Can you imagine the burden of knowing that one of your children may save the world? Imagine knowing that it could be one of your kids who could grow up to be the deliverer – the savior? Think of the expectations, the pressure. As parents, having that promise from God, how could you resist watching your children, looking for signs – is he the one? Is it his brother?  Imagine pondering these things in your heart – and then imagine what it might do to your children.  Every sign of obedience and spiritual zeal would be noticed, praised and encouraged and reinforced – its him, it’s got to be him.  Every act of disobedience or hint of rebellion would disappoint – it can’t be him.  Inevitably, possibly unintentionally, but inevitably nonetheless, you as a parent begin to think you have a pretty good idea which child is the chosen one.  Although you may not mean to treat him any different, how could you help from doing it?  One of your kids is going to save the world!  You’re only human after all, how could you help from treating him differently from favoring him?  As you can imagine, being the family of the promise is indeed a blessing, but it would be a very heavy burden – something that could in fact strain even the most united of families. 

We don’t have to imagine what that burden would do to a family for we see it played out in the pages of Genesis.  Last week we followed the life of Abraham, to whom God gave the promise of renown.  Abraham was told that his offspring would become a great nation.  Becoming impatient with God’s promise, he sired a son with his wife’s servant girl, Ishmael.  But as we saw last week, the promise was given as much to Sarah his wife as it was Isaac is born to Abraham – it would be her son through whom the promise would be kept.  The tension in the family becomes palpable between the two mothers.  Abraham ultimately sends Hagar and Ishmael away to alleviate the tension.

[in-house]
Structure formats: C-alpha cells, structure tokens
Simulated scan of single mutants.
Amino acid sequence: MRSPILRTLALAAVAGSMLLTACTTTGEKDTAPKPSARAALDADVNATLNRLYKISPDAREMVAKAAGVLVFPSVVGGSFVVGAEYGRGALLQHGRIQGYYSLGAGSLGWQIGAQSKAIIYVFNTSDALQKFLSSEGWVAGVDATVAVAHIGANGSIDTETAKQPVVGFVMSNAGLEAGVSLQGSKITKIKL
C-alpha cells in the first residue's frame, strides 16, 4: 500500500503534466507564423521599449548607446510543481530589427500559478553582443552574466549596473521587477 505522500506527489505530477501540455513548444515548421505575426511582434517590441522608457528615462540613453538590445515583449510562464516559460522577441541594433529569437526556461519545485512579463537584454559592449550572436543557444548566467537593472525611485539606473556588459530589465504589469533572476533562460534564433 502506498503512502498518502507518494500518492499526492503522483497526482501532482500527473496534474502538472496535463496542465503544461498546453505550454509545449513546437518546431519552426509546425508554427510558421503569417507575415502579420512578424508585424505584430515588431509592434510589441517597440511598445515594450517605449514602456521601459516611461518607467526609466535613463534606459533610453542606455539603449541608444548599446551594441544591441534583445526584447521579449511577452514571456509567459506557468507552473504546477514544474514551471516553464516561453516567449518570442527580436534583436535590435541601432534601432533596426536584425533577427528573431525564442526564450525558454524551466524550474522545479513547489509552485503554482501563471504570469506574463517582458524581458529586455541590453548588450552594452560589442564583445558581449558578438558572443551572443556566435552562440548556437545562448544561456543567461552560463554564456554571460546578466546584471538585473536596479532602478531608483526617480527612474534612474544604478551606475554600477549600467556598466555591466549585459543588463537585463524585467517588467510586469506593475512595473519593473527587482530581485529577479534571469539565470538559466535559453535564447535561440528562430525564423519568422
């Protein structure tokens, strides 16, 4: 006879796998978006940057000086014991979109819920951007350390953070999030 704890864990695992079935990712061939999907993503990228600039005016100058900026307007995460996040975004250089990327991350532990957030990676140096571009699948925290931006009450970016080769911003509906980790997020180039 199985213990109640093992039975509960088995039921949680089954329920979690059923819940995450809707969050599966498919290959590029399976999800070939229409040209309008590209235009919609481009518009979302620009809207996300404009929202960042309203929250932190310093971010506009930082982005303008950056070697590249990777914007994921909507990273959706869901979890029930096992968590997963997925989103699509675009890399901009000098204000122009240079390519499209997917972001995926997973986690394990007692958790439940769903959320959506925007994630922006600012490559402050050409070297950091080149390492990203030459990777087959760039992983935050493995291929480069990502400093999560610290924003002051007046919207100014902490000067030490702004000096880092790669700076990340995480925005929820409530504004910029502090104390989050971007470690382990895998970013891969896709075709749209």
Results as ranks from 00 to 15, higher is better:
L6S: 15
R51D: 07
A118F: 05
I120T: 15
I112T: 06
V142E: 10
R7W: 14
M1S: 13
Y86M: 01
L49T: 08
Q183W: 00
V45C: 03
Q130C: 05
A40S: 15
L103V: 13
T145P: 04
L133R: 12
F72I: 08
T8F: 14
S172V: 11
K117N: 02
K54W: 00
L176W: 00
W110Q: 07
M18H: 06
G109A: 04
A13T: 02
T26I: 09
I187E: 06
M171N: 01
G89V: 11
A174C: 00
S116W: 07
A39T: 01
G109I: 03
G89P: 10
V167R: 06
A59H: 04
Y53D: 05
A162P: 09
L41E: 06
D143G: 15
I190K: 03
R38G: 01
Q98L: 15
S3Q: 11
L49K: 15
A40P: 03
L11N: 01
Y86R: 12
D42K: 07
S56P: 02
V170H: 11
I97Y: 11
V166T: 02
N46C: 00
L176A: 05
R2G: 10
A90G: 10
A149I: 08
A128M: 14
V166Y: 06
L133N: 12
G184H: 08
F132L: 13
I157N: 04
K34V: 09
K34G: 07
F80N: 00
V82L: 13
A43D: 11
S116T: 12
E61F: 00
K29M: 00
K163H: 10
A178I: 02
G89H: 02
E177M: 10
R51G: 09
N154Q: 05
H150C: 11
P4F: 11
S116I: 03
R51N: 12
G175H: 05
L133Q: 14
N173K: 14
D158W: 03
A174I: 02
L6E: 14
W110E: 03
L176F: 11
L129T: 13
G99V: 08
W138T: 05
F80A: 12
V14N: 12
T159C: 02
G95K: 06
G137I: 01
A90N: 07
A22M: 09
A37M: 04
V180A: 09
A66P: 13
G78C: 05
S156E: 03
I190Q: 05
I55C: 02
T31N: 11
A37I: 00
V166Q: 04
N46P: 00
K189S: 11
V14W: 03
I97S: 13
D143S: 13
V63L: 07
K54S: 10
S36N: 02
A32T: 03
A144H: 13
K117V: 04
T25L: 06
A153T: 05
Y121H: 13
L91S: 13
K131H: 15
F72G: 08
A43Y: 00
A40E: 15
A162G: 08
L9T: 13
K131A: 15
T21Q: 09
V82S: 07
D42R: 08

After Isaac grows up and marries and his wife, Rebecca, they give birth to two sons, twins.  Esau comes out first with his brother Jacob grabbing onto his heel.  Now here is a situation for disaster. Isaac and Rebecca both begin to take notes, building up a mental inventory of these two boys – who will be the one through whom the promises will come.  We see a sad description of this state of affairs in Genesis 25:27: When the boys grew up, Esau was a skillful hunter, a man of the field, while Jacob was a quiet man.  Isaac loved Esau because he ate of his game, but Rebekah loved Jacob. What does this do to the family?  It destroys it.  Jacob and Esau continually strive against one another, with Jacob getting the upper hand, tricking Esau into selling his right of the first-born son and with it deceiving his father into passing the blessing of the promise on to him.  It boils over to such a point that Jacob has to flee from Esau because Esau’s going to kill him. 

You’d think Jacob would learn a lesson from his upbringing when he has his own kids, but we see him making the same mistakes of his father and his grandfather.  He marries two women, having loved one and being tricked into marrying her sister.  These two girls have a sort of competition for Jacob’s affections and try to outdo one another bearing him children, they give seduce him with their servant girls, they bribe bargain with each other with fruit over who gets to sleep with him – it’s a crazy situation.  Finally, after having 6 boys with Leah – the ugly sister who he really didn’t care for, and 4 more to various servant girls, finally, Rachel, the pretty one who he really loved, a child Joseph.  From the moment Joseph steps out of the womb he is set apart in Jacob’s eyes.  He’s got to be the one.  He has to be – he’s Rachel’s boy!  Now from chapter 37 to the end of Genesis Joseph becomes the central character of the story.  We know Joseph – his story is pretty familiar – he’s Jacob’s favorite who gets sold by his wicked brothers into slavery in Egypt but God raises him up to be second-in-command of the entire nation and ends up saving the rest of his family – and really most of the whole world during a great famine. We read about Joseph’s life and his great character – how he resisted temptation, how he listened to God in interpreting dreams, how he was an amazing example of suffering through trials and to top it all off, he does an unimaginable thing by forgiving his brothers who sold him into slavery and left him for dead.  What a guy!